Age Matters, But Should It?

Age Matters, But Should It?

Steve Jobs has more experience than me, but if I have read up on every single lesson he has learned from all his experience, then does he actually know more? or do we know the same amount? or do I still know less?

I’m toying with the concept of age and why it matters so much. I’ve had a number of experiences where I could do something, but my age got in the way.

While still in high school I applied for a newspaper job, a job people go through four years of college to do and number of internships to get, but I knew I could do it well enough or at least learn fast enough to do it as well as anyone else.

No surprise, I didn’t get the job. I was too young.

I wanted to run a seminar on finances, but was told not enough people would come because what 40-year-old is going to believe anything a 19-year-old has to say, regardless of the fact I’ve written more than 200 articles on money management, started selling at age 6, bought a Corvette at the age of 15, and graduated without any debt and studied everything all the financial gurus put out there.

Even with the experience, I was still too young.

Knowledge is power…so long as you’re at an age people will believe that

I’m constantly blogging about business, startups, and public relations concepts. I’m spitting out things I know to be true, part from experience, part from obsessively studying others’ success and failures and learning from other people.

If I’m not talking to someone about the marketing industry or a business idea either of us have, I have buds in my ear listening to others share their stories via podcasts, if not that, I’m lifting weights while thinking about trends or talking to my girlfriend about the next thing I’m going to chase. I’m a carrot guy, not a stick guy, and I’m still not as trusted as Steve Jobs, Seth Godin or Chris Brogan because, well, they’re older than me.

Knowledge, wisdom, insight are all very subjective matters. I’ve worked heavily the last year and a half to convince others I have all the above despite my (in the grand scheme of things) minimum amount of experience. Through that process I’ve lost connection with a lot of my readers. After an email from a blunt friend and conversation with my girlfriend (likely to be posted on my blog tomorrow), I’ve realized I stopped doing what I preach others to do: be personal.

Age matters, and fighting the perception others have is an uphill battle I’m exhausted fighting. Instead of sharing what I know, I will again be sharing how I came to know it. I’ll show how I’ve become a 22-year-old with a 30-year-old brain and why I find myself saying “I’m such an old man” more often than I like.

I invite you to stop by GarthBox more often. There will be more about my suffering, anxiety, nervousness, uncertainty, risk-taking, and lying to myself, and, of course, how I’ve overcome it all.

 

Stay Positive & Stick Around For The Ride

*In lieu of this sort-of announcement blog post, In The Box Podcast will be available on iTunes beginning of March. My cohost Michael Langlois and I chat about 6 themes, which you’ll know about in advance of each podcast so you can listen to just what you want to hear. I hope you find them all interesting and…personal.


			

Stressful Work, Self-Evaluation And Hacking Your Productivity (And How To Win Monopoly)

Hacking Productivity

It’s been more than two years since I gave a Toastmasters speech. I connected with the president of the club I used to be involved in and had dinner with her yesterday. We chatted about the PR life and how stressful the work is. (Top 10 most stressful careers!)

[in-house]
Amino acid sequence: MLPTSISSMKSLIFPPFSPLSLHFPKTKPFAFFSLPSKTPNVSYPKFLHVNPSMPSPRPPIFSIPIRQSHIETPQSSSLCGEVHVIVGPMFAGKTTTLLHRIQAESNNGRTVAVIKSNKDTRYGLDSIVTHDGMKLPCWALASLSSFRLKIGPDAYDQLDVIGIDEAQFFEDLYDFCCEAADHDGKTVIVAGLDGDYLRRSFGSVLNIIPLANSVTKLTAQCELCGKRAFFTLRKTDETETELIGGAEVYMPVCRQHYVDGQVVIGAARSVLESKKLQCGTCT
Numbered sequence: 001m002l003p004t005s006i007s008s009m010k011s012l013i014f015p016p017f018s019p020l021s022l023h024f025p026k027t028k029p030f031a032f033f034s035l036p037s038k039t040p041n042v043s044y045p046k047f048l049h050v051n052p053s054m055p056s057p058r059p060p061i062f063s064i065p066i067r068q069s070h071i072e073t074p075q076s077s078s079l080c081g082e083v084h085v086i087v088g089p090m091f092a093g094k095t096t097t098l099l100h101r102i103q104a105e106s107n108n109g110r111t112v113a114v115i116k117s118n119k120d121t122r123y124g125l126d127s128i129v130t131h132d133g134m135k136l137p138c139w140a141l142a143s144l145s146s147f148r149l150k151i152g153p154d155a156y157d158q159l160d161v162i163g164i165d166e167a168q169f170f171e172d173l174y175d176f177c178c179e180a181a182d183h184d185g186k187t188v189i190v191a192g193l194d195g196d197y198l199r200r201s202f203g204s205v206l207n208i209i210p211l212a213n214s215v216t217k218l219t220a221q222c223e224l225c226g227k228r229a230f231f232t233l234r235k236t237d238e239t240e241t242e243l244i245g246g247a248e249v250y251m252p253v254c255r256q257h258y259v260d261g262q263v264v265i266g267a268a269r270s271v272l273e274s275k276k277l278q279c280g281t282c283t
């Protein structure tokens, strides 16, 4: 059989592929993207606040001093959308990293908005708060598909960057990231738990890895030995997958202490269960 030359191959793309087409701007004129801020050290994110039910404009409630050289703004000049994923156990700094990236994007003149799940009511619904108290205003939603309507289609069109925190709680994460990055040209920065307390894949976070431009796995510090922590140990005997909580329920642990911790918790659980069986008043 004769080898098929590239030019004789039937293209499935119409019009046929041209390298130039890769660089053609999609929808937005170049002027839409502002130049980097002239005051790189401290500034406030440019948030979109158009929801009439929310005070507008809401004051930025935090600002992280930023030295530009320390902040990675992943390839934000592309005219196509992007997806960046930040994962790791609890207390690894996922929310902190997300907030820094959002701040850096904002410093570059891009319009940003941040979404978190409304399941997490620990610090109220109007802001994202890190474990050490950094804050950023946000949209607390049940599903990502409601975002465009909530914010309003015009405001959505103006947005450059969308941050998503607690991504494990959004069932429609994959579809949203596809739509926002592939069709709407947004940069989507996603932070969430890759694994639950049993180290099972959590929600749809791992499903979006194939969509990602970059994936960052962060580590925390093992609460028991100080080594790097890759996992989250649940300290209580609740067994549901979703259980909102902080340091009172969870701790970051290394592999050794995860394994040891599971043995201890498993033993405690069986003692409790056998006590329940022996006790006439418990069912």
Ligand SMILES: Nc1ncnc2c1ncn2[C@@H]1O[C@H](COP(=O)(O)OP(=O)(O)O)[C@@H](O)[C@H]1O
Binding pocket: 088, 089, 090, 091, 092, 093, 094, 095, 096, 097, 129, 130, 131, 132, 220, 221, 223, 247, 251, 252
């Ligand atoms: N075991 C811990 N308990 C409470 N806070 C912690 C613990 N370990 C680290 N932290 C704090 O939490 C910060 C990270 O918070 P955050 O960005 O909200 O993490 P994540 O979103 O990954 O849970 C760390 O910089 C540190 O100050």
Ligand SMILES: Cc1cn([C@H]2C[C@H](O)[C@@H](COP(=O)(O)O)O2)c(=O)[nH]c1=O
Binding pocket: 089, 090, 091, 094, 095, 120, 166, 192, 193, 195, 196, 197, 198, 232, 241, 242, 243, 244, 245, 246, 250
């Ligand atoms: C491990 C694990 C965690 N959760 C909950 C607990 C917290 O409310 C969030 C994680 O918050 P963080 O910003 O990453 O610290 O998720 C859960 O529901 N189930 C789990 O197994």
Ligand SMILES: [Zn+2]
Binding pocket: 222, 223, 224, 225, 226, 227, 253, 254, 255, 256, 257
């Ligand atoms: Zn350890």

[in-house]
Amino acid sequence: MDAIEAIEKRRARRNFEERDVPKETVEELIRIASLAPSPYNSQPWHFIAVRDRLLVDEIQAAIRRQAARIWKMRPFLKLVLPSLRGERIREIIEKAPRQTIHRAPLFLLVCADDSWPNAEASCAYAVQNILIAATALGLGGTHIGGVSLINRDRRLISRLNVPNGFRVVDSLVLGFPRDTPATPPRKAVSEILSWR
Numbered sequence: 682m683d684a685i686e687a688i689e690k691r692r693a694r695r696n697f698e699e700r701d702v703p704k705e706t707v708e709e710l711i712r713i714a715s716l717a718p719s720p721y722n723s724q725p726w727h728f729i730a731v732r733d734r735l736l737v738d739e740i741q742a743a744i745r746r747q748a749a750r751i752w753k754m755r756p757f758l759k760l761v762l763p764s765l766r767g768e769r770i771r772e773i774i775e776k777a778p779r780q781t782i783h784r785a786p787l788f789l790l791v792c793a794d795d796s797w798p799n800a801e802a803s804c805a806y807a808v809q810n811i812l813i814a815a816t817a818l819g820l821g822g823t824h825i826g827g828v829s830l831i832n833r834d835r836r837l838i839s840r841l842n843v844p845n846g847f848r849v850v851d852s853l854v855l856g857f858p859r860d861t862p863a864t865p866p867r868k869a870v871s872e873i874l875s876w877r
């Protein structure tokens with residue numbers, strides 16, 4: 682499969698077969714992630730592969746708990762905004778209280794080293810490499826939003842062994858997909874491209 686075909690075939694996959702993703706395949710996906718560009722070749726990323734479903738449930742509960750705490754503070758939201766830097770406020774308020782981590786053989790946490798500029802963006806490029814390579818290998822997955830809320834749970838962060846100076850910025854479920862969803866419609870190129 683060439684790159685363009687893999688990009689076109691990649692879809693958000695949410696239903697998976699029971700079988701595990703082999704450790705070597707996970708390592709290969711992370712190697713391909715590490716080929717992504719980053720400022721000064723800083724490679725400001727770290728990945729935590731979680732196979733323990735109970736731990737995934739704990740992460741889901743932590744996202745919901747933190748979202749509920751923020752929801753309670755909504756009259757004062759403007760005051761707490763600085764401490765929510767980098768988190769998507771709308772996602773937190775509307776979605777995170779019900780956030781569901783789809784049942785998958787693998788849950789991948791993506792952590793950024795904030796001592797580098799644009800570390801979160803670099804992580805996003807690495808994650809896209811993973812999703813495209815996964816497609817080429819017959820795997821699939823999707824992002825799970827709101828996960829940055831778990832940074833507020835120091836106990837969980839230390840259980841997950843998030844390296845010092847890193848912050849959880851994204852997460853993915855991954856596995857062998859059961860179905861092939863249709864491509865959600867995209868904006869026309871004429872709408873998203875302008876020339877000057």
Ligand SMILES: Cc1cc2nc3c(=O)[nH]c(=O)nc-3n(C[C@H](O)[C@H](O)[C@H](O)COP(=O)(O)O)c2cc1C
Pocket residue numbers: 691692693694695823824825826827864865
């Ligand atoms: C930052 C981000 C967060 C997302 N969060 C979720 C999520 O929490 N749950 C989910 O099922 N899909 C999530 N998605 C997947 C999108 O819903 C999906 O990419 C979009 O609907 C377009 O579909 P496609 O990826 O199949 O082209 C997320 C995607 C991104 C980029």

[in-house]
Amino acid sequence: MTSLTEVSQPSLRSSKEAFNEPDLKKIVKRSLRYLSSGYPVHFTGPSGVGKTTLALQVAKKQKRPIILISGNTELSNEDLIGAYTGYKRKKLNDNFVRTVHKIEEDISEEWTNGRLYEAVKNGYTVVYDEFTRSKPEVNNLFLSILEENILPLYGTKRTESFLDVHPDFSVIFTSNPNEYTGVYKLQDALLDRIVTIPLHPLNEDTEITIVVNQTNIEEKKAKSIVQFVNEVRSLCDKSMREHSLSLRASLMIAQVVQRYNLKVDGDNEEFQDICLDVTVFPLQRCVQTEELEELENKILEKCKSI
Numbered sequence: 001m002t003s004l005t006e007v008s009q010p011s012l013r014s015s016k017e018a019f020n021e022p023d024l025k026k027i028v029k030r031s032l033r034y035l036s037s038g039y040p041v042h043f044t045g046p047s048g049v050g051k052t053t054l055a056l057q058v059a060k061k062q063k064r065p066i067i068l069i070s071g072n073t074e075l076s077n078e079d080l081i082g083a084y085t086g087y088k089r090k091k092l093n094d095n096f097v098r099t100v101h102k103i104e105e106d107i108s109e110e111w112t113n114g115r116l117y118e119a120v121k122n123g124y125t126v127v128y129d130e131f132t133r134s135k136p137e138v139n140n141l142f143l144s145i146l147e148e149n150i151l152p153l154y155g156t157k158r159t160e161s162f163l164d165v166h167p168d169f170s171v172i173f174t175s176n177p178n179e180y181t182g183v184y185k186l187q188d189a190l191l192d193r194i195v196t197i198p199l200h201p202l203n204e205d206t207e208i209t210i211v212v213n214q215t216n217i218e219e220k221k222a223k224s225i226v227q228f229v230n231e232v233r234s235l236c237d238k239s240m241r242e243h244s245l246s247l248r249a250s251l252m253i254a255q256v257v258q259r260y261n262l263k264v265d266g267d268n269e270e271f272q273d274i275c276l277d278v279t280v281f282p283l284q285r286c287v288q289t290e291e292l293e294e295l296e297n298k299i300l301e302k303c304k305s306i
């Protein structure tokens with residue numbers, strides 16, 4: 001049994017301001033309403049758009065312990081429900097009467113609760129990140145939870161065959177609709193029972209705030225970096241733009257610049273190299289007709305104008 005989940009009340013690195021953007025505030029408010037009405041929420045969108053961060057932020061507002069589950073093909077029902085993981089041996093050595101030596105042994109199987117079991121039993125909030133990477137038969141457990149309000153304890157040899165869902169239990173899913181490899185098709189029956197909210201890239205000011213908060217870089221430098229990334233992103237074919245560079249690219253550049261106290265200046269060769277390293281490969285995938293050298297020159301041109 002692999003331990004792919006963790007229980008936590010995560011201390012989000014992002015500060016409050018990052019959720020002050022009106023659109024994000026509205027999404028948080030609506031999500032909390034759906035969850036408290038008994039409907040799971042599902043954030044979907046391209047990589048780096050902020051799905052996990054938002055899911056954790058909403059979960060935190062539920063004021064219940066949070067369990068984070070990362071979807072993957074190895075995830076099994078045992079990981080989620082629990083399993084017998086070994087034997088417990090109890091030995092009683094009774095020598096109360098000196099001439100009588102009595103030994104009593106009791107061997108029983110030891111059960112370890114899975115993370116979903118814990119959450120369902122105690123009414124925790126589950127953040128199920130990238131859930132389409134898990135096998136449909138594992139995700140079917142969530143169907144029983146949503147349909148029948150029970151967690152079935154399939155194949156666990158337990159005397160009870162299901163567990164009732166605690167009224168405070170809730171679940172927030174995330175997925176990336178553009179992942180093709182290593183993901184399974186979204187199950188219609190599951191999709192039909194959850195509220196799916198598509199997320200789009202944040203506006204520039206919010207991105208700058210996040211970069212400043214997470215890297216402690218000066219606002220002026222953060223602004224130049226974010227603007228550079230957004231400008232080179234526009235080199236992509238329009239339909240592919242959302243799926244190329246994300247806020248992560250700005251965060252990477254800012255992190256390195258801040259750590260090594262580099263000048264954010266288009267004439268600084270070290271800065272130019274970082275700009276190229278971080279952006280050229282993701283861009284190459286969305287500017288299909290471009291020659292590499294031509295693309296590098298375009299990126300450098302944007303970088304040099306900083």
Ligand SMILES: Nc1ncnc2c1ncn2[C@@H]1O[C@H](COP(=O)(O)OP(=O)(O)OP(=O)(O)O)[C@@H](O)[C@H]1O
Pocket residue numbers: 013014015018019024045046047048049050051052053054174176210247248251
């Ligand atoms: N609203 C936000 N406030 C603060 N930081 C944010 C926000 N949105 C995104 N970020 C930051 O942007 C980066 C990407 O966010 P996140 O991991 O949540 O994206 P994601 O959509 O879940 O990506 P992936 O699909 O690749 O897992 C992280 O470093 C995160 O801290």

I agreed that it’s stressful work, but it’s as stressful as you let it be; there are ways to lessen the stress.

One of my old friends gave a speech at the meeting about saving mental energy for more important decisions by limiting the options you have for what to wear. A few months ago I mentioned the benefit of wearing the same outfit each day. Jobs did it. Zuckerberg does it. So many others do it to save mental energy for work and decisions that matter.

What I do each weekend is evaluate my week in terms of stress, productivity, time, focus… all that important stuff that dictates your level of happiness or unhappiness. I stop doing what’s unproductive, I stop having meetings with people who don’t create value, I read more, I freewrite for 15 minutes every night, I meditate in the morning and recite a mantra I wrote – all the things I do and don’t do are done or not done with purpose.

The president asked me something like, “Isn’t that exhausting or stressful to have to be so on top of everything?” She was obviously thinking about the benefit of going with the flow, letting things be, simplifying life (which certainly has its value at times). My response…

It’s fun to hack your productivity, your energy, your focus. It’s like the moment you learn how to win Monopoly: just make sure you buy St. James. Place then begin to build on the orange. Works every time. The excitement of learning, knowing and then implementing the practice which nearly guarantees success is what drives me to reevaluate, review, and renew my objectives of the week each weekend.

Stress is not an external force we have no control over. We design our stress, and by evaluating ourselves on a weekly or bi-weekly basis, we begin to notice what’s working and what isn’t in our lives. We respond rather than react. It’s an art, and there is so much beauty in art.

 

Stay Positive & There Is No Better Game To Hack Than The Work Game

Photo credit
4 Steps To Success (Wisdom From Cambodian Monks)

4 Steps To Success (Wisdom From Cambodian Monks)

Steve Jobs Meditation

While in Cambodia at the POP House (meditation resort) a handful of monks taught me a lot about buddhism, life, and success. After a 20 minute meditation session, one monk began to tell us the four steps to success in life. Now I’m sharing them with you.

1) Affection – Show affection to your friends, to your enemies, to strangers. Find ways to show your love of people, of plants, of the world, of life. Care, not only about others, but your self as well.

2) Try – The likelihood of success is connected to the amount of experience you have. The more you try, the more successful you will be. Not only try things you’ve never tried before, but try things you don’t think you could overcome, don’t think you’ll complete, don’t think will change you. Just try.

3) Comment (on yourself) – You are your own judge of whether something worked or didn’t. You must evaluate your actions to confirm what you’ve done has moved you in the direction you want.  Criticism is pointless, especially when given to others. The monks were firm about concerning yourself only with yourself.